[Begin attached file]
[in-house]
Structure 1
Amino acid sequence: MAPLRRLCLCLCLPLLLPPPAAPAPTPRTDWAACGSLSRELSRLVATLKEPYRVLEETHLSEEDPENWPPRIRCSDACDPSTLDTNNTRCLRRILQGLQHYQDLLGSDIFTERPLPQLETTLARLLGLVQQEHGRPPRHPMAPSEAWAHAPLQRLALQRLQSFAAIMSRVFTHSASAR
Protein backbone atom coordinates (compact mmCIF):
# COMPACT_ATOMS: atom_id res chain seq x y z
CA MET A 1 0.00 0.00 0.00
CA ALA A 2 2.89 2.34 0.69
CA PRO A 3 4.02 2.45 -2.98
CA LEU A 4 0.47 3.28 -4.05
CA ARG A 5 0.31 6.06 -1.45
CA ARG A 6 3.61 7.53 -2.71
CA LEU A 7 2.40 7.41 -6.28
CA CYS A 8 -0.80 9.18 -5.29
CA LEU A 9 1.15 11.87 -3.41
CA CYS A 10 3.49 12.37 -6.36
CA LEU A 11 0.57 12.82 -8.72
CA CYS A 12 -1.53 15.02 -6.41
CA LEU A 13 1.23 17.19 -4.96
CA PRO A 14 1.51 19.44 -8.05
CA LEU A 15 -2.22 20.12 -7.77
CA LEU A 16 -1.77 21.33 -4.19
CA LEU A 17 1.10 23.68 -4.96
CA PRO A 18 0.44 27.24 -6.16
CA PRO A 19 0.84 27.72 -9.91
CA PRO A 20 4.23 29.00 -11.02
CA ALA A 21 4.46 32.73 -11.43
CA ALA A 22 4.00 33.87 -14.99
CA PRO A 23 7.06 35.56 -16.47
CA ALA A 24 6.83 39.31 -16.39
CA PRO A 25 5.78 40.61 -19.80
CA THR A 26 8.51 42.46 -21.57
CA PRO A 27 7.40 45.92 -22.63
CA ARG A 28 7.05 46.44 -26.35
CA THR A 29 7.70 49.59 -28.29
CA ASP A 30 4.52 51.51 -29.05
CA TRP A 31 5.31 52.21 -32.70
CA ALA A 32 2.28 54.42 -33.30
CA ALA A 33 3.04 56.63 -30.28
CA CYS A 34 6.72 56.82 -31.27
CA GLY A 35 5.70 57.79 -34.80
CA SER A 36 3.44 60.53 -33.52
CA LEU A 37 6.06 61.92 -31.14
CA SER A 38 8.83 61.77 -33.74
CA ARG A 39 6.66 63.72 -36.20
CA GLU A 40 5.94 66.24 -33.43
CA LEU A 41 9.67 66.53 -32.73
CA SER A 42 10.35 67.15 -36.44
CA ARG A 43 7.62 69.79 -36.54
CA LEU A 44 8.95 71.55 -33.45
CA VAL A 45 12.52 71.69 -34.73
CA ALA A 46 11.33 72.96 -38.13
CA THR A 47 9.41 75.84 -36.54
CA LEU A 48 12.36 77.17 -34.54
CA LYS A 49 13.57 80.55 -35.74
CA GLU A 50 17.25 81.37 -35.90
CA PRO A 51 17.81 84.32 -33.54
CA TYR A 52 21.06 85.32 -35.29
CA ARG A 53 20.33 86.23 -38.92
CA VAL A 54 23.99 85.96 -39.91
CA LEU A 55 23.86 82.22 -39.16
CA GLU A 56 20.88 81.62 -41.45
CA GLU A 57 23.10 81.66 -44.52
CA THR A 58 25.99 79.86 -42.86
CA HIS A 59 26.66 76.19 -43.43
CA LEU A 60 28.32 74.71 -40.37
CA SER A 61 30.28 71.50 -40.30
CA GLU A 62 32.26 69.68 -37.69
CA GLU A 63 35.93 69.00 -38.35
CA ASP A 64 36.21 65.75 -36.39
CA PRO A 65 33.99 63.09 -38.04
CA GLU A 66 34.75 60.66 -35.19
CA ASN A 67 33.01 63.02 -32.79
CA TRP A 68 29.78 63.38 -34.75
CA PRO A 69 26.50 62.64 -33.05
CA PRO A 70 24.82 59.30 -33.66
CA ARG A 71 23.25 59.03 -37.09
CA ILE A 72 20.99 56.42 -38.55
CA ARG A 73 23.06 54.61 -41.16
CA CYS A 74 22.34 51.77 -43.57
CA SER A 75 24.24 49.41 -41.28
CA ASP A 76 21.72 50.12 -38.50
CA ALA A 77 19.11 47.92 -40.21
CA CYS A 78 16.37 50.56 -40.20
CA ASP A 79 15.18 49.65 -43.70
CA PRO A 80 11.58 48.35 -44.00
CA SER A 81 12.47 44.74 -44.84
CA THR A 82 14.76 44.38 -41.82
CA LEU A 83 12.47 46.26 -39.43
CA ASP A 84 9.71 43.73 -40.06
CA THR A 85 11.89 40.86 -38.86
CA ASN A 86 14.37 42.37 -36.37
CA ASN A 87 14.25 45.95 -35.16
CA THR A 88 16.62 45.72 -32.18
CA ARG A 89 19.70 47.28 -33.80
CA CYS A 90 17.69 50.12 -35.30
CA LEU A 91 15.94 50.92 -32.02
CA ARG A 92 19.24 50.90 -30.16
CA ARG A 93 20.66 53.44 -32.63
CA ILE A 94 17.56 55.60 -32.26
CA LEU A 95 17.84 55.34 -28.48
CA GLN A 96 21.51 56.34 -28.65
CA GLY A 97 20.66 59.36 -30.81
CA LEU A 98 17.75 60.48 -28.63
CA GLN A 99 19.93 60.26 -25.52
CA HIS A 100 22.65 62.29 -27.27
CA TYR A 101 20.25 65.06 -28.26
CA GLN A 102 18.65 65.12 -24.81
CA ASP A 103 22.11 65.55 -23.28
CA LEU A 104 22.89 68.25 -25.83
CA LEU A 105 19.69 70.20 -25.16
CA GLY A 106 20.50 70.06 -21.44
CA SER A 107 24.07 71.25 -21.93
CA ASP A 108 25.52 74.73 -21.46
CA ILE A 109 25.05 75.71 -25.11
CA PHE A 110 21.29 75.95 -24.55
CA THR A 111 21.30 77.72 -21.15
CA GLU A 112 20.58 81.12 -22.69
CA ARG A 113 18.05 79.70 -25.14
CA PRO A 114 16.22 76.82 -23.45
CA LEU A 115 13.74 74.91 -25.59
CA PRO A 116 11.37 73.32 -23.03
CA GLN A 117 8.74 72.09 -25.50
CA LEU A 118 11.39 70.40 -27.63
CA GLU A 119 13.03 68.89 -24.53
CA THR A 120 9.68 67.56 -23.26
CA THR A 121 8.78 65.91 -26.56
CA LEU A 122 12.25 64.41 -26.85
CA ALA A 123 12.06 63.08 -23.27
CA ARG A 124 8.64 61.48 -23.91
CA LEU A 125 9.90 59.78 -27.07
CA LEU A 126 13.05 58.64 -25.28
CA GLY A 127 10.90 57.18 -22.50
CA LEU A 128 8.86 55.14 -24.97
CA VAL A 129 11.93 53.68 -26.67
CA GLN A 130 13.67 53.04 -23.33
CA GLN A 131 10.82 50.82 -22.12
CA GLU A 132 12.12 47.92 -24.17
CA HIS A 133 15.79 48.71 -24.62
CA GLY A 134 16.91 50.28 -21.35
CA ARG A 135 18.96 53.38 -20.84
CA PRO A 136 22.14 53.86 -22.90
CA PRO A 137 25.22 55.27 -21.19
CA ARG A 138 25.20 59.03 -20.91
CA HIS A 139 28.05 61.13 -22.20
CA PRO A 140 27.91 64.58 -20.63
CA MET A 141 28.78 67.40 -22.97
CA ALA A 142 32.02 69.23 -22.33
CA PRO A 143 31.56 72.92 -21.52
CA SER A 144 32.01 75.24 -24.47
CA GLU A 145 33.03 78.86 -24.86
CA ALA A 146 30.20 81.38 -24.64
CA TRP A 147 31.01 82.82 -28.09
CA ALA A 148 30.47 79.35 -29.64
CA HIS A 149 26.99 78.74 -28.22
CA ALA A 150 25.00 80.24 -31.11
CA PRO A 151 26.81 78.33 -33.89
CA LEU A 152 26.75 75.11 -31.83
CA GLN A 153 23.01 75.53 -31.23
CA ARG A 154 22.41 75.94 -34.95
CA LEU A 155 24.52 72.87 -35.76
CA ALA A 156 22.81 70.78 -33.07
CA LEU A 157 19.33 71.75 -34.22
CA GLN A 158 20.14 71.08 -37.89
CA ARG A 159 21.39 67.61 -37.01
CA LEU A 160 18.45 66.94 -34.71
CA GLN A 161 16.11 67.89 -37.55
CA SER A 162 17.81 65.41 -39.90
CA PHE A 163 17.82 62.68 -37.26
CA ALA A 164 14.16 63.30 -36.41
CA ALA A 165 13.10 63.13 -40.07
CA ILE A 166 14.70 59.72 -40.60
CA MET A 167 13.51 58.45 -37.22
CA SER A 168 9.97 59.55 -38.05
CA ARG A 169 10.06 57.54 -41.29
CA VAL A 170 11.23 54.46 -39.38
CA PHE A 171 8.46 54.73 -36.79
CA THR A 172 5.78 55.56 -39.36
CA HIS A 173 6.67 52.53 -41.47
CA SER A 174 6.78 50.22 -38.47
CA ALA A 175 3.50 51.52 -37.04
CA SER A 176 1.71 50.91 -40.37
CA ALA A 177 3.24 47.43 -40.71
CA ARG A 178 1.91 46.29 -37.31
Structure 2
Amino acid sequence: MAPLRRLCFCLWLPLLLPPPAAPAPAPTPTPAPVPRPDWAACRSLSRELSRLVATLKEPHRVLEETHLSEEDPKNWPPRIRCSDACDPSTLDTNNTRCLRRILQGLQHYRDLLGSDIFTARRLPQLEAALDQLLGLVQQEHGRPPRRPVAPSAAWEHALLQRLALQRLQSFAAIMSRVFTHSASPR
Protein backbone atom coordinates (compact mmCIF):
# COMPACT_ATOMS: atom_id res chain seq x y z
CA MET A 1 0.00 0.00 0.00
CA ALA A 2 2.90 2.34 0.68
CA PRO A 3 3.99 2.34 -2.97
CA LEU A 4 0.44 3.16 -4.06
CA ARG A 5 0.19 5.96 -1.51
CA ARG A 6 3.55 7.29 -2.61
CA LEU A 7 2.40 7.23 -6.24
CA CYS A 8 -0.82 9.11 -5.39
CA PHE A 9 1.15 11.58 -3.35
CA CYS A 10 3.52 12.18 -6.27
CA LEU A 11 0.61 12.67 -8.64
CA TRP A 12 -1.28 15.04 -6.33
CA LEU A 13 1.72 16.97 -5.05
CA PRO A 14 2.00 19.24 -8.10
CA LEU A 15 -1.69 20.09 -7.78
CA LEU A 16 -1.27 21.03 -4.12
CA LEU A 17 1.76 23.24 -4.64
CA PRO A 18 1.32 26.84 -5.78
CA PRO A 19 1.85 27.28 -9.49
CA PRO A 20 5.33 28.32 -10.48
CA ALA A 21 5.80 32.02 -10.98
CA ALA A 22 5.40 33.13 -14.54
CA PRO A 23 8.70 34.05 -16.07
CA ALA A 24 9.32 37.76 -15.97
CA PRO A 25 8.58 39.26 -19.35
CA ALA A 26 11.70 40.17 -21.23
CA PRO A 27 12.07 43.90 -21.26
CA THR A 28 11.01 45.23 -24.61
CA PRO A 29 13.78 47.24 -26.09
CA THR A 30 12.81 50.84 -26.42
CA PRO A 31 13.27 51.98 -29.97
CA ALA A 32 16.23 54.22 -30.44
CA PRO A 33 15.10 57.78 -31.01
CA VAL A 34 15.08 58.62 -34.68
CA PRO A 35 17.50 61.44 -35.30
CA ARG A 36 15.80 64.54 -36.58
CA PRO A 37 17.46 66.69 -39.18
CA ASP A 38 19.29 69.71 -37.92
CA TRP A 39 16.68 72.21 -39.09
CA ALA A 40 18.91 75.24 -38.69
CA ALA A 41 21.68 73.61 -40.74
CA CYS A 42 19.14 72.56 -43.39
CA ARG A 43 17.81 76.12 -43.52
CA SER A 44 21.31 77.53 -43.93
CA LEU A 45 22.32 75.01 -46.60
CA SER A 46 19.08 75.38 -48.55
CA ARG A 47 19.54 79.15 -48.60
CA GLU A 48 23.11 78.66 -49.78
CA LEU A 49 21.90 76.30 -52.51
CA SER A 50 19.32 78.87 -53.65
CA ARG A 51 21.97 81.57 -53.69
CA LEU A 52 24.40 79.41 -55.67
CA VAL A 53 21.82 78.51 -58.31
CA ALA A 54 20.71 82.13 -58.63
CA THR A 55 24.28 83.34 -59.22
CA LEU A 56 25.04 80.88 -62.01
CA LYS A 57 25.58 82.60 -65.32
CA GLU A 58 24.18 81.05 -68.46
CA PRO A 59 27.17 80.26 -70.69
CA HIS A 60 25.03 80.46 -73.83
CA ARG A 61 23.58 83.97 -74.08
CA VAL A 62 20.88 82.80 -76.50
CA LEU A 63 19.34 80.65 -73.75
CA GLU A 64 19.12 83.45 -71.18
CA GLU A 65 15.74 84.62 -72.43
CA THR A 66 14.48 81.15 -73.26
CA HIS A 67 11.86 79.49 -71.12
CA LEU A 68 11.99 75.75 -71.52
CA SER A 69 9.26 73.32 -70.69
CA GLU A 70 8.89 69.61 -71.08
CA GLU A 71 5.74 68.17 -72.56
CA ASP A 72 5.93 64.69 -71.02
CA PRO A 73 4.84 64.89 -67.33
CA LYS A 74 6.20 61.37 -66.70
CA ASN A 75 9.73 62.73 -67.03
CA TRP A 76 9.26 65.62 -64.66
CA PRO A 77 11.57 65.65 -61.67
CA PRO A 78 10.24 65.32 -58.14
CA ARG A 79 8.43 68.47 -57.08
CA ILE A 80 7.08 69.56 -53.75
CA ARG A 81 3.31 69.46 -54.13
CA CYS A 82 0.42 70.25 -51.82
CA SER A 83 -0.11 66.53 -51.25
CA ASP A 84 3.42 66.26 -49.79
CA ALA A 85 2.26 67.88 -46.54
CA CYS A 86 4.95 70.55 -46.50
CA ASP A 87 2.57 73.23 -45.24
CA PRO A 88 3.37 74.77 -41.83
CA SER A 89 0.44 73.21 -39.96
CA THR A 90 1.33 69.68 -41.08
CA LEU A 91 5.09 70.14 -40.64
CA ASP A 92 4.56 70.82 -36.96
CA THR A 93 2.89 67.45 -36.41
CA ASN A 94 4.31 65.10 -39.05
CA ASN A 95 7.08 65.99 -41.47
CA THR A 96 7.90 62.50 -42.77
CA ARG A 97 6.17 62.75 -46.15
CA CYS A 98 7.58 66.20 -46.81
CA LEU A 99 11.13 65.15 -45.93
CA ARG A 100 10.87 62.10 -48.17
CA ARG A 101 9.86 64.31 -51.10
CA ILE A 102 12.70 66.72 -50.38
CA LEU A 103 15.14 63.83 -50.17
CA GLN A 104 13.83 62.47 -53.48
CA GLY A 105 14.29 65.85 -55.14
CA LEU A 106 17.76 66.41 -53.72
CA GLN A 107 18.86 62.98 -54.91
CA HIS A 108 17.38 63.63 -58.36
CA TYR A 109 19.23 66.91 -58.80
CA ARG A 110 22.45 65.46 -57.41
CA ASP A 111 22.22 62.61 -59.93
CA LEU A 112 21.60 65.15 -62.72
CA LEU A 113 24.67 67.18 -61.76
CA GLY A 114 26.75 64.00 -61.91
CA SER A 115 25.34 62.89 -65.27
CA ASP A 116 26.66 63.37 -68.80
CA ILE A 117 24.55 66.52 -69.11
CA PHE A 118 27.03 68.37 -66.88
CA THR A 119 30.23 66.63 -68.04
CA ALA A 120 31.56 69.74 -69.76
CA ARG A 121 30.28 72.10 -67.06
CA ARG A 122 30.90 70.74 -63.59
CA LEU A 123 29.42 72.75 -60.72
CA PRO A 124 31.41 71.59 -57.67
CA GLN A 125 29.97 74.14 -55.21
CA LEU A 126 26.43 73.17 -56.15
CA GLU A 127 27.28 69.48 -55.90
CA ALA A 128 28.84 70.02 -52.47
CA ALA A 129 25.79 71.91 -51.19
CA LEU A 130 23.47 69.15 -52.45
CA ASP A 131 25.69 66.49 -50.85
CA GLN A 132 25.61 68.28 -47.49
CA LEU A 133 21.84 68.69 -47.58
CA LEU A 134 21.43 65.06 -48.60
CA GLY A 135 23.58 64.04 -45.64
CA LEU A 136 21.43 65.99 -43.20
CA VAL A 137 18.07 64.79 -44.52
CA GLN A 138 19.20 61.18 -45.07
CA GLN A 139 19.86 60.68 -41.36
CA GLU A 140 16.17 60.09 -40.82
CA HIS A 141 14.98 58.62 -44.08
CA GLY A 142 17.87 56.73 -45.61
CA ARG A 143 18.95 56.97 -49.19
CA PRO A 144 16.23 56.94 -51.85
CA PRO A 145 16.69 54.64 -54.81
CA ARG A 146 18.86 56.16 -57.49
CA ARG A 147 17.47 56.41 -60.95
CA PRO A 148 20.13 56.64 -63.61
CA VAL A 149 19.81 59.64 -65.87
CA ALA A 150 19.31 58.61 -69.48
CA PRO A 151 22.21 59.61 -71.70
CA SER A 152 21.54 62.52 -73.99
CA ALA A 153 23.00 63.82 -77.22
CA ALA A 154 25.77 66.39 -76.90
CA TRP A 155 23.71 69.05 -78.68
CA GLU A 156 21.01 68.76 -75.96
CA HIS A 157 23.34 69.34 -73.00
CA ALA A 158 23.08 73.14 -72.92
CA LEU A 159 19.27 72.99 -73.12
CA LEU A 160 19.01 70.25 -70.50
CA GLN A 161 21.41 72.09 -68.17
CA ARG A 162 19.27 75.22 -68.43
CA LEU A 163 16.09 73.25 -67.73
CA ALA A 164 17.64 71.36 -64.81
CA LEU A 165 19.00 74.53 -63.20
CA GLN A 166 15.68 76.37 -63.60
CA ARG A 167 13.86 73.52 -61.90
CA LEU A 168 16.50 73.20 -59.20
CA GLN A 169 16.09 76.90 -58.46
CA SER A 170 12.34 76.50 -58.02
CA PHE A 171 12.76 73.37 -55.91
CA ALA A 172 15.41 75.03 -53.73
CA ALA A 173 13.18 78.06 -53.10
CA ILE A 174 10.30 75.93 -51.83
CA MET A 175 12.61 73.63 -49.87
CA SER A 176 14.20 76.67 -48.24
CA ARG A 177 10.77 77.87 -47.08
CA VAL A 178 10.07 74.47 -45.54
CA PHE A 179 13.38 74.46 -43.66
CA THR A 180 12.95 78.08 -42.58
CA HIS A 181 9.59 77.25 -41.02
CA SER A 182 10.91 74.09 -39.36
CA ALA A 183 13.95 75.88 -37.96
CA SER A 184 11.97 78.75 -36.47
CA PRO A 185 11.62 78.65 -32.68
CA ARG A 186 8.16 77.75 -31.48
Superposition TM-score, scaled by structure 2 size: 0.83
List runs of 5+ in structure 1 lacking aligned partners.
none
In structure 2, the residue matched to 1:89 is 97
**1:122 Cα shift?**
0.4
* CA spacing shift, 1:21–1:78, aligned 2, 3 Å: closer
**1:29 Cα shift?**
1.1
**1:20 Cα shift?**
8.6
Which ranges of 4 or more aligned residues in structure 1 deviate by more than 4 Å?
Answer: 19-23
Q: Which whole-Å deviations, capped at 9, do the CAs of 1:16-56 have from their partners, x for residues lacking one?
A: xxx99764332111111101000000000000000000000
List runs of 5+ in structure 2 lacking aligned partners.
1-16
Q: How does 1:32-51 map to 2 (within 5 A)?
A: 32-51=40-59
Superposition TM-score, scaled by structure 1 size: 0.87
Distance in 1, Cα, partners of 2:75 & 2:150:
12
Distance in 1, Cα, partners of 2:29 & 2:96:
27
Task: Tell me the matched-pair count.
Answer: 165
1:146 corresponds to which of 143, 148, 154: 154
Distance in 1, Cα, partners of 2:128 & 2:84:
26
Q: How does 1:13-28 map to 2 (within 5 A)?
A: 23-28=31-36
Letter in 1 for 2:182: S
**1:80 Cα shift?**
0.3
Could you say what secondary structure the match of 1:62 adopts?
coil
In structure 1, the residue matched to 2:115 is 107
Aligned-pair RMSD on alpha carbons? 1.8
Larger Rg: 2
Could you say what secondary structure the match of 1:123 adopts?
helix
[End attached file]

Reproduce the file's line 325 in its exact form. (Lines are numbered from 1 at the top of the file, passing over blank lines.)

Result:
CA GLN A 138 19.20 61.18 -45.07